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St Cuthbert's Society

About St Cuthbert's

St Cuthbert’s Society is one of the largest and oldest student communities at Durham. Founded in 1888 as an alternative to collegiate living, it still retains that independence of spirit, but now offers its students all the advantages of being a college of Durham University. 

Cuth’s occupies two sites, with rooms and gardens on the historic Bailey in the heart of Durham, and self-catered, modern flats across the river at Parson’s Field. We thus provide a uniquely flexible range of accommodation and catering options to our diverse and international student body.

Cuth’s offers outstanding opportunities for student participation in sport, the arts and volunteering, which are supported by its exceptionally energetic Junior Common Room, as well as a lively programme of interdisciplinary lectures and events to enhance the academic experience. 

Depiction of St Cuthbert within Durham Cathedral

Who was St Cuthbert?

St Cuthbert's Society is named after St Cuthbert of Lindisfarne (c. 634-20 March 687), who lived in Anglo-Saxon Northumbria as a monk, bishop and hermit.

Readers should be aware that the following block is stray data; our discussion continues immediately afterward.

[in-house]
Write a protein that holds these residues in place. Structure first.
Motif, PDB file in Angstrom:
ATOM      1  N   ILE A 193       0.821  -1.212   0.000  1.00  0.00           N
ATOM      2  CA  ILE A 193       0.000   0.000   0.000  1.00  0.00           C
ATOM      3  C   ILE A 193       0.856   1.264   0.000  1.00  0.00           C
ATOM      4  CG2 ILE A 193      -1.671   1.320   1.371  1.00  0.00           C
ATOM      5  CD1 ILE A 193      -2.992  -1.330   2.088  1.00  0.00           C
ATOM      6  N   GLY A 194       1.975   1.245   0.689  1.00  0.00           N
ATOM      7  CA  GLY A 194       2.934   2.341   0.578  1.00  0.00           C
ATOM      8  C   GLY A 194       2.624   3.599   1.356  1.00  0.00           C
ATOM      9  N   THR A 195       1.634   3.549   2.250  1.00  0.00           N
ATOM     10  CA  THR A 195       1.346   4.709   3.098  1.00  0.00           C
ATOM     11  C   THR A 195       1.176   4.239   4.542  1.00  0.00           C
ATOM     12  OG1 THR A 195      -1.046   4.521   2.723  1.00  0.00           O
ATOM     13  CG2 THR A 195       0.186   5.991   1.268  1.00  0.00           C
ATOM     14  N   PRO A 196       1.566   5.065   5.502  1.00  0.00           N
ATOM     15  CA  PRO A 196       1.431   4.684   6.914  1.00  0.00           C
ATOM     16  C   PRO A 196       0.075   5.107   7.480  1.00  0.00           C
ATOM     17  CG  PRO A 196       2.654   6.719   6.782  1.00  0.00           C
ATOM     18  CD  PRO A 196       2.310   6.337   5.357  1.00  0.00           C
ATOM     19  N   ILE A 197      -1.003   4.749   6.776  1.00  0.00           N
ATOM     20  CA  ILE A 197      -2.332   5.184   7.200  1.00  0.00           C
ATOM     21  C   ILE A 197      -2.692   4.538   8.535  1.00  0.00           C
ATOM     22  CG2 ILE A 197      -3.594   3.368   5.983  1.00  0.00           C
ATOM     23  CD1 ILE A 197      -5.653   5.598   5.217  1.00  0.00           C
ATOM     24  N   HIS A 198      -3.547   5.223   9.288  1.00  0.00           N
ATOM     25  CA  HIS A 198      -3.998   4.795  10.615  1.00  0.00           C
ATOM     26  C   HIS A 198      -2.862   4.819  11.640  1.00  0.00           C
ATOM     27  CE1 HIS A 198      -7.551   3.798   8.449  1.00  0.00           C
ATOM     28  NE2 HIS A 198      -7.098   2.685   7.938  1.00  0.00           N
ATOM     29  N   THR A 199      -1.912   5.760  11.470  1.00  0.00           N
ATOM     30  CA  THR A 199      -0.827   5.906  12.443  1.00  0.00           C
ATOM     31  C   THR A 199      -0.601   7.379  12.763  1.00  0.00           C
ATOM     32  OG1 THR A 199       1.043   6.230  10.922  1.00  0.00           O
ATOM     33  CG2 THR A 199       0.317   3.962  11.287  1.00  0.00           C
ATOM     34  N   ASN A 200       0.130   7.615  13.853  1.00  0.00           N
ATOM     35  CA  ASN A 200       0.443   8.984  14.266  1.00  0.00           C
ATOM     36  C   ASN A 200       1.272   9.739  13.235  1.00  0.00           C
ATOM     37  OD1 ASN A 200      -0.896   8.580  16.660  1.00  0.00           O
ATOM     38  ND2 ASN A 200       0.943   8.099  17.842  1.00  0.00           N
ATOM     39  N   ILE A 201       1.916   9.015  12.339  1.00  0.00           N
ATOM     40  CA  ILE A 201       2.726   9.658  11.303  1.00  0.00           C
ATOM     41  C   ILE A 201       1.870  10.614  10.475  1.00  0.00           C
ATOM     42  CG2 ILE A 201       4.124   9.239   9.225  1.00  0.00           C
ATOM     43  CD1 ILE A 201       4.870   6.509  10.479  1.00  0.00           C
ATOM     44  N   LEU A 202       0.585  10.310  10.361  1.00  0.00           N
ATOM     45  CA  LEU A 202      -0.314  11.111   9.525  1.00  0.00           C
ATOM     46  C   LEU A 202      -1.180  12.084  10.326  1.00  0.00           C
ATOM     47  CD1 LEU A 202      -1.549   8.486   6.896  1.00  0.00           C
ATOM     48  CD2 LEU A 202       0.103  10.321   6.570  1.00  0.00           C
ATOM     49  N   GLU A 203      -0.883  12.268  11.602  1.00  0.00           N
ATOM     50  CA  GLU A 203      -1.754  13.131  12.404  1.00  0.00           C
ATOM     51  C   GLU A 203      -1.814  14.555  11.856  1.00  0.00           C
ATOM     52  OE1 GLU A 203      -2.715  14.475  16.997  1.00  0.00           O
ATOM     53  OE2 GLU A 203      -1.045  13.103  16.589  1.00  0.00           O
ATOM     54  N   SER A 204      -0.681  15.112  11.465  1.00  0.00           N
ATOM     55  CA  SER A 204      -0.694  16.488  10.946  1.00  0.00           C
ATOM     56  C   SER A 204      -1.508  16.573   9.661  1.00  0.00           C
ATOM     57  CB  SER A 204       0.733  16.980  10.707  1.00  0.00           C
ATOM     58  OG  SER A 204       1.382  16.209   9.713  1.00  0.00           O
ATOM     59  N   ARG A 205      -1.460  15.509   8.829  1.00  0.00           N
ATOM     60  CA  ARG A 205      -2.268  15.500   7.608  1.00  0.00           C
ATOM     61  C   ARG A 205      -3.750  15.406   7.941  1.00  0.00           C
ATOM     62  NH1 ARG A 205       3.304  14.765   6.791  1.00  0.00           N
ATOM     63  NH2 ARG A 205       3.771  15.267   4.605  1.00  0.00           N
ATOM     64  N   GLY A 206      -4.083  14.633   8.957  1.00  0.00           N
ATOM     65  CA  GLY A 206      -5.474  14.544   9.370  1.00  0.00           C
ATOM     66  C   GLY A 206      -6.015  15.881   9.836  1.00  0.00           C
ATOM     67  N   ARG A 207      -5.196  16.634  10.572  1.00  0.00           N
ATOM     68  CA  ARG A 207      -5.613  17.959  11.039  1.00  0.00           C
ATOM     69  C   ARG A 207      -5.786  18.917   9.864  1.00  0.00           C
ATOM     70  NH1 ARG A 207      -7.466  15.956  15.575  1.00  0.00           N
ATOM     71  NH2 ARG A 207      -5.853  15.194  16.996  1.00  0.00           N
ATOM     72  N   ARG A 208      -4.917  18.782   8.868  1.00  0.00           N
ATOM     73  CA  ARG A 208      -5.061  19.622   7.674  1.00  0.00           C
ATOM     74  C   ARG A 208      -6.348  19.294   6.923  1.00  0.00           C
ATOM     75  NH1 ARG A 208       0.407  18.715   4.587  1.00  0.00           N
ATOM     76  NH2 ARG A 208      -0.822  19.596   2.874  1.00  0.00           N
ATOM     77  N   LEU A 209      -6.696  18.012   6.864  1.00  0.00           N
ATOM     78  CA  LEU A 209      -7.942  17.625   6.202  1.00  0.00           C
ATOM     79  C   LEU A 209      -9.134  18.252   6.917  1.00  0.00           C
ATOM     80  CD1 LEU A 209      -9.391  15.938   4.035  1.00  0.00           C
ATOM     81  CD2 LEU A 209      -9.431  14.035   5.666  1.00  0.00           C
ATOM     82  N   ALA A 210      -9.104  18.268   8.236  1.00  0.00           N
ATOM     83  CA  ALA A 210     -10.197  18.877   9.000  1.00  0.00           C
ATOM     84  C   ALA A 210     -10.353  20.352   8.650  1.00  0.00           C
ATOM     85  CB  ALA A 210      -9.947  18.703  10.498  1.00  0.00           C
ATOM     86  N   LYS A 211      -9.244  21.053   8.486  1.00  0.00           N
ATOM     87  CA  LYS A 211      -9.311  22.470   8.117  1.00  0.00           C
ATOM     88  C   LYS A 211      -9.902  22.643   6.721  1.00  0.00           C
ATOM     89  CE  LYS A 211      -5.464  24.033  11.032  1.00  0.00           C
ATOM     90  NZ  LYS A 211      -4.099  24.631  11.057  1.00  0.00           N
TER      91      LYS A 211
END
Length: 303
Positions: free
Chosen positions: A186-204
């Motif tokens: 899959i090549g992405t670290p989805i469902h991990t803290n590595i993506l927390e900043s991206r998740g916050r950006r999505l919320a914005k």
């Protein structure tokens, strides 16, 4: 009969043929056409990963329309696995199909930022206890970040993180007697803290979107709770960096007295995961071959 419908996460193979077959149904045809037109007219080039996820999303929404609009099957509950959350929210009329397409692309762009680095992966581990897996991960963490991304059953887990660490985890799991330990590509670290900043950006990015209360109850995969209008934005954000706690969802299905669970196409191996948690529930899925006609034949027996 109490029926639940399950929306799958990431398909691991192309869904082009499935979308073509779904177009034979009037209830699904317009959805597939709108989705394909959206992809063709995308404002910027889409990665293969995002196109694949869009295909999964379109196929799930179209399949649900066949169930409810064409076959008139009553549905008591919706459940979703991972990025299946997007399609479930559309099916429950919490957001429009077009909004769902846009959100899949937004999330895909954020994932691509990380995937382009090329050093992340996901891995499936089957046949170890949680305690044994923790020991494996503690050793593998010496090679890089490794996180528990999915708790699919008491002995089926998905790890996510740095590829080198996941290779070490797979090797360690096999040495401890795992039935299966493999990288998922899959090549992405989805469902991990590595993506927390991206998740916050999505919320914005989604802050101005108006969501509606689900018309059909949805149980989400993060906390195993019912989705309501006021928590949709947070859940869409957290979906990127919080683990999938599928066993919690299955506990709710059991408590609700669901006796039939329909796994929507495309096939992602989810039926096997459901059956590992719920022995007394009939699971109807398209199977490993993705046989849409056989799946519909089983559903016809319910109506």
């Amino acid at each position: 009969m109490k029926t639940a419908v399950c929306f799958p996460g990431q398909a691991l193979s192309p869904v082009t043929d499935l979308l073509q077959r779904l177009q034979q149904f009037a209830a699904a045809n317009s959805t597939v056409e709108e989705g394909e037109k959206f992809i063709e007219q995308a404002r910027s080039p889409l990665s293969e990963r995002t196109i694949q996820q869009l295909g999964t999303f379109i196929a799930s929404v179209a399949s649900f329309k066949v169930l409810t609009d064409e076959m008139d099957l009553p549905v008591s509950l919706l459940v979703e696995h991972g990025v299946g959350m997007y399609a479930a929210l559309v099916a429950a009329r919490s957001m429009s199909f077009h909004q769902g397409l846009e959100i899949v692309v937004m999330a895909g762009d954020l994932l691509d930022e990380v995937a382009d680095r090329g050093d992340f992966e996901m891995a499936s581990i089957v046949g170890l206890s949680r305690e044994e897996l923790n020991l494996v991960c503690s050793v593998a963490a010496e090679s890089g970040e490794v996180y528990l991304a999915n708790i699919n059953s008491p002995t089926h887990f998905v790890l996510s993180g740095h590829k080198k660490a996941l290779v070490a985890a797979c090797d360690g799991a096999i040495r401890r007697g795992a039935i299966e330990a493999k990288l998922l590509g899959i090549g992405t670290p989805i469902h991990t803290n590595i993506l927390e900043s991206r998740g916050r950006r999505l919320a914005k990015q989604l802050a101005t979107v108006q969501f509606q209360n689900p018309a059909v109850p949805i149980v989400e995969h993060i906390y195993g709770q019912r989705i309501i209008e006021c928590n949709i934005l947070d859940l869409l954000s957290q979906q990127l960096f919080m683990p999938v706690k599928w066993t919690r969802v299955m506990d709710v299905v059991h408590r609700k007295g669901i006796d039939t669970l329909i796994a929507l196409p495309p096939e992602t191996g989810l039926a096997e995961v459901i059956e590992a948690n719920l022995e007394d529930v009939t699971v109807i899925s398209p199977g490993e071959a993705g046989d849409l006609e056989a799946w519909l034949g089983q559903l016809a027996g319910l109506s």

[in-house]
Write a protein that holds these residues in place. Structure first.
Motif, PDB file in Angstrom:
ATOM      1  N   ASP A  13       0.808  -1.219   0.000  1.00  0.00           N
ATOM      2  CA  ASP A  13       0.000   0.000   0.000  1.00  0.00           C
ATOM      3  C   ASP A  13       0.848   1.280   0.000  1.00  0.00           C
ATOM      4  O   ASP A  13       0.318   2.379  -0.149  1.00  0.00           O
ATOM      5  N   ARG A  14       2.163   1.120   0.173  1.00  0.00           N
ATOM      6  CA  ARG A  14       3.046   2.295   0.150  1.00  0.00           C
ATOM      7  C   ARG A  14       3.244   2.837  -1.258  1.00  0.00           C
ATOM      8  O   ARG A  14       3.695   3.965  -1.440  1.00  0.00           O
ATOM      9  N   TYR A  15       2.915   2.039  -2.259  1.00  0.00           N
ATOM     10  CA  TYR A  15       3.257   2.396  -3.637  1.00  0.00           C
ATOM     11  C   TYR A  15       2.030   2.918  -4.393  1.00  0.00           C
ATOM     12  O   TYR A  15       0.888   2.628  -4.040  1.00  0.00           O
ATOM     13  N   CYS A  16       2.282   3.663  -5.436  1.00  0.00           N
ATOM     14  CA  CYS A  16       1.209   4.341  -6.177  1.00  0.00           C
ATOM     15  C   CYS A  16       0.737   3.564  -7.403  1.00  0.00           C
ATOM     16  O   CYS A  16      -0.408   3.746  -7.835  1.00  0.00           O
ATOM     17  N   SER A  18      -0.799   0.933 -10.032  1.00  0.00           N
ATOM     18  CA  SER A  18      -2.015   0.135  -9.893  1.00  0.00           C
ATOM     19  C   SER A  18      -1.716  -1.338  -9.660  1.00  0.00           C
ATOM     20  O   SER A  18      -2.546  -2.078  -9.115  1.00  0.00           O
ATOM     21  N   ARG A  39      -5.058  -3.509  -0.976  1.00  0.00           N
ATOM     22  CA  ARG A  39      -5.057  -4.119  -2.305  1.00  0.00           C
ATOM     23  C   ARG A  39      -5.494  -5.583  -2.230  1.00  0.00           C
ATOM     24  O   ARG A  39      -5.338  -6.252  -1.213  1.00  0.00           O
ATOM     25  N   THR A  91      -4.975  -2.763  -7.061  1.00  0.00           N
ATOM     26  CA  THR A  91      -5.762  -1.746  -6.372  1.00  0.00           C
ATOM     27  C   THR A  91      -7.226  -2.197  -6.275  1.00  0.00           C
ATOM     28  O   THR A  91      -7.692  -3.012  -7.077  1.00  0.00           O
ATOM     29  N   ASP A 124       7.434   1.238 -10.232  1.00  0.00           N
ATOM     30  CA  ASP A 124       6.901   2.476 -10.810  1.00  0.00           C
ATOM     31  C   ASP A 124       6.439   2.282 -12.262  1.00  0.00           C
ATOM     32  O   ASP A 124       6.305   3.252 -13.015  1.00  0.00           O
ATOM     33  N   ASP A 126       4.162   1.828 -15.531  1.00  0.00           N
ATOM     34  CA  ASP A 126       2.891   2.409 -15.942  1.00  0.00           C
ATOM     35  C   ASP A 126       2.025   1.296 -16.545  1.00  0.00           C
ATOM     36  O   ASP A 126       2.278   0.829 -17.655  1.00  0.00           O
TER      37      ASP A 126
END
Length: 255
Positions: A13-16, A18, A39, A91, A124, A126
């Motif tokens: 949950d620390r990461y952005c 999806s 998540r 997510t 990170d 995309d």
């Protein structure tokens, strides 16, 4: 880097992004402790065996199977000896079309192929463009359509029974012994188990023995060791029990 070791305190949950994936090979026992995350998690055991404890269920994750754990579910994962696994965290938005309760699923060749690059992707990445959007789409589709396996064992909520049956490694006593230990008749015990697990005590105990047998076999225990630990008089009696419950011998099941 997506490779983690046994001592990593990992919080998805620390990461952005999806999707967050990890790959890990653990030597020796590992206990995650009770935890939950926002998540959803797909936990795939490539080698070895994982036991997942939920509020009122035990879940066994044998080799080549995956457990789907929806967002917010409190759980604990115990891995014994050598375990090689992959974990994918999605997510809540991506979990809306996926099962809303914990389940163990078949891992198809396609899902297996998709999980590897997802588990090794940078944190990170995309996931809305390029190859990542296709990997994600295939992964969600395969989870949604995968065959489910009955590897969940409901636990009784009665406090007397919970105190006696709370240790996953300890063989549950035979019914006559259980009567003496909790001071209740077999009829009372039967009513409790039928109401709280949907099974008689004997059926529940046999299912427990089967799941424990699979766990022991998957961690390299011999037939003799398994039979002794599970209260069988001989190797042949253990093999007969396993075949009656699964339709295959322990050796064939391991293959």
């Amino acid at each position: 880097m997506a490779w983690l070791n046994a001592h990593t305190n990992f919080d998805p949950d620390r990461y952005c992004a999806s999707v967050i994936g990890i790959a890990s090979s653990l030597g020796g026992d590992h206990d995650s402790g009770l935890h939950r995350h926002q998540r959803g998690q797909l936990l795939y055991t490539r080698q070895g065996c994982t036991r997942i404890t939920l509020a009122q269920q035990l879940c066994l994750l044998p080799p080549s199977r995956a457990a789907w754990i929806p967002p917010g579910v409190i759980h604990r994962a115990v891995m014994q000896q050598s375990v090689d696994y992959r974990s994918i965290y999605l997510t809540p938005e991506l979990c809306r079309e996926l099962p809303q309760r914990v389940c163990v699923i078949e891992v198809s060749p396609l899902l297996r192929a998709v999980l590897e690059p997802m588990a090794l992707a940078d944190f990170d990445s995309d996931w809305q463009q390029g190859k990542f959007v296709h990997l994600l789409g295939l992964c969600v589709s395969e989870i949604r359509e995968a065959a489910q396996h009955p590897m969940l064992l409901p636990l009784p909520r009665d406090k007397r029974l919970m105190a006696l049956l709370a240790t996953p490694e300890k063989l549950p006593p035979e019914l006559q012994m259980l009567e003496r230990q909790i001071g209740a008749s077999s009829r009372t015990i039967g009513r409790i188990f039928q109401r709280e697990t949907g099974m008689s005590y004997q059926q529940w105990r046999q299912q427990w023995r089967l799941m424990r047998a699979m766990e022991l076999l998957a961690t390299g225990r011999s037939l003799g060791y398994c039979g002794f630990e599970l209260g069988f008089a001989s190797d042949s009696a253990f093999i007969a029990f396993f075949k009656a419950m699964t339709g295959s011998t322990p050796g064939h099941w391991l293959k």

During his lifetime Cuthbert was an influential prior, renowned for his patience and sensitivity, and highly regarded for his devotion and sanctity. After a period as a hermit Cuthbert was then made Bishop of Lindisfarne, but this honour was cut short by his death just two years later in 687.

Cuthbert was initially buried at Lindisfarne, and innumerous pilgrims journeyed to pay their respects to him. During this time a great many visitors reported miracles occurring as they stood at his grave. In 875 Danish invasion threatened Lindisfarne, so Cuthbert was excavated and was taken by the monks as they fled. They wandered for seven years before settling again at a church in Chester-le-Street, but when another invasion seemed imminent they continued on to Ripon.

It is written that following this they intended to return to Chester-le-Street but during their travels Cuthbert's coffin suddenly became immovable at a bend in the river. Taking this as a sign from the Saint, his shrine was erected on that very spot and thus became his final resting place. This is now the location for Durham Cathedral, home to his shrine and many treasures linked to St Cuthbert.

St Cuthbert is celebrated every year on his Feast day, the 20th March, and the Society is included in the Cathedral's celebration of the Saint. As well as this, the JCR Social Committee organises a large-scale formal dinner known as The Feast of St Cuthbert which takes place at around the same time.

The St Cuthbert's Society Shield depicts the gold and garnet Pectoral Cross of St Cuthbert, which was discovered the last time his coffin was opened in 1827.